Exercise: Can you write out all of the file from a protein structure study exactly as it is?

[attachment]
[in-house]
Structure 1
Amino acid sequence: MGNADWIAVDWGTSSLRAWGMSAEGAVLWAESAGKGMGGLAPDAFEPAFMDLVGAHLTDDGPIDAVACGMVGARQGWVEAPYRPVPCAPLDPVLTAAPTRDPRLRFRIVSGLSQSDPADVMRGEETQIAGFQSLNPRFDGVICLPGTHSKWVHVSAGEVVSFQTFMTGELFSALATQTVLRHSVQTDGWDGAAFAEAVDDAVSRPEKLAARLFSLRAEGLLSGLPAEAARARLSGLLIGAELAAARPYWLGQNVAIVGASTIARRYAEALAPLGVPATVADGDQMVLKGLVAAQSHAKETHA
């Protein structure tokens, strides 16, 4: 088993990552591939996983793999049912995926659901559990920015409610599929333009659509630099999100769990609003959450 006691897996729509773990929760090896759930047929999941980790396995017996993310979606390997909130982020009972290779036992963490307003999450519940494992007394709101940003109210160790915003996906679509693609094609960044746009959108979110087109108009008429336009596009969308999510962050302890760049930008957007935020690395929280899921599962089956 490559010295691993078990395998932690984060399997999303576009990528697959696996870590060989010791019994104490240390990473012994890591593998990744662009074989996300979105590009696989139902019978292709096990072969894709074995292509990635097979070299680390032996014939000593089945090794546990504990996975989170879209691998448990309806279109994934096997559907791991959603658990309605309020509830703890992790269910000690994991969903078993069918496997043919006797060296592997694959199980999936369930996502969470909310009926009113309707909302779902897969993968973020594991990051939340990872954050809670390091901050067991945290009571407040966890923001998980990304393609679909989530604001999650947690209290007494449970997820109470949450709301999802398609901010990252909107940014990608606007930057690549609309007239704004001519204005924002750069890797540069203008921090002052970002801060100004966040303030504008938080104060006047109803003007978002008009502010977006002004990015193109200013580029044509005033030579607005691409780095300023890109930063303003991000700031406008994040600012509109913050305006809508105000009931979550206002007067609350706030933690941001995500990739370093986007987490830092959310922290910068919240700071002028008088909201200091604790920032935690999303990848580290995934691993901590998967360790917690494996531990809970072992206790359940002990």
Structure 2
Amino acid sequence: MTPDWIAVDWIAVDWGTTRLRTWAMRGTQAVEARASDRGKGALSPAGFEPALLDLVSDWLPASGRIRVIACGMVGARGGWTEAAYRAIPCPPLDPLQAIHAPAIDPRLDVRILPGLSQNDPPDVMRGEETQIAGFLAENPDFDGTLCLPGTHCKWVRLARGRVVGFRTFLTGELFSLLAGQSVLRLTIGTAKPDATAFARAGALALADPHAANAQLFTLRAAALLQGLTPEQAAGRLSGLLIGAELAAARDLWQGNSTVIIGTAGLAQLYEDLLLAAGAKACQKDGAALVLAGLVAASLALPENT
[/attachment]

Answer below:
[in-house]
Structure 1
Amino acid sequence: MGNADWIAVDWGTSSLRAWGMSAEGAVLWAESAGKGMGGLAPDAFEPAFMDLVGAHLTDDGPIDAVACGMVGARQGWVEAPYRPVPCAPLDPVLTAAPTRDPRLRFRIVSGLSQSDPADVMRGEETQIAGFQSLNPRFDGVICLPGTHSKWVHVSAGEVVSFQTFMTGELFSALATQTVLRHSVQTDGWDGAAFAEAVDDAVSRPEKLAARLFSLRAEGLLSGLPAEAARARLSGLLIGAELAAARPYWLGQNVAIVGASTIARRYAEALAPLGVPATVADGDQMVLKGLVAAQSHAKETHA
């Protein structure tokens, strides 16, 4: 088993990552591939996983793999049912995926659901559990920015409610599929333009659509630099999100769990609003959450 006691897996729509773990929760090896759930047929999941980790396995017996993310979606390997909130982020009972290779036992963490307003999450519940494992007394709101940003109210160790915003996906679509693609094609960044746009959108979110087109108009008429336009596009969308999510962050302890760049930008957007935020690395929280899921599962089956 490559010295691993078990395998932690984060399997999303576009990528697959696996870590060989010791019994104490240390990473012994890591593998990744662009074989996300979105590009696989139902019978292709096990072969894709074995292509990635097979070299680390032996014939000593089945090794546990504990996975989170879209691998448990309806279109994934096997559907791991959603658990309605309020509830703890992790269910000690994991969903078993069918496997043919006797060296592997694959199980999936369930996502969470909310009926009113309707909302779902897969993968973020594991990051939340990872954050809670390091901050067991945290009571407040966890923001998980990304393609679909989530604001999650947690209290007494449970997820109470949450709301999802398609901010990252909107940014990608606007930057690549609309007239704004001519204005924002750069890797540069203008921090002052970002801060100004966040303030504008938080104060006047109803003007978002008009502010977006002004990015193109200013580029044509005033030579607005691409780095300023890109930063303003991000700031406008994040600012509109913050305006809508105000009931979550206002007067609350706030933690941001995500990739370093986007987490830092959310922290910068919240700071002028008088909201200091604790920032935690999303990848580290995934691993901590998967360790917690494996531990809970072992206790359940002990």
Structure 2
Amino acid sequence: MTPDWIAVDWIAVDWGTTRLRTWAMRGTQAVEARASDRGKGALSPAGFEPALLDLVSDWLPASGRIRVIACGMVGARGGWTEAAYRAIPCPPLDPLQAIHAPAIDPRLDVRILPGLSQNDPPDVMRGEETQIAGFLAENPDFDGTLCLPGTHCKWVRLARGRVVGFRTFLTGELFSLLAGQSVLRLTIGTAKPDATAFARAGALALADPHAANAQLFTLRAAALLQGLTPEQAAGRLSGLLIGAELAAARDLWQGNSTVIIGTAGLAQLYEDLLLAAGAKACQKDGAALVLAGLVAASLALPENT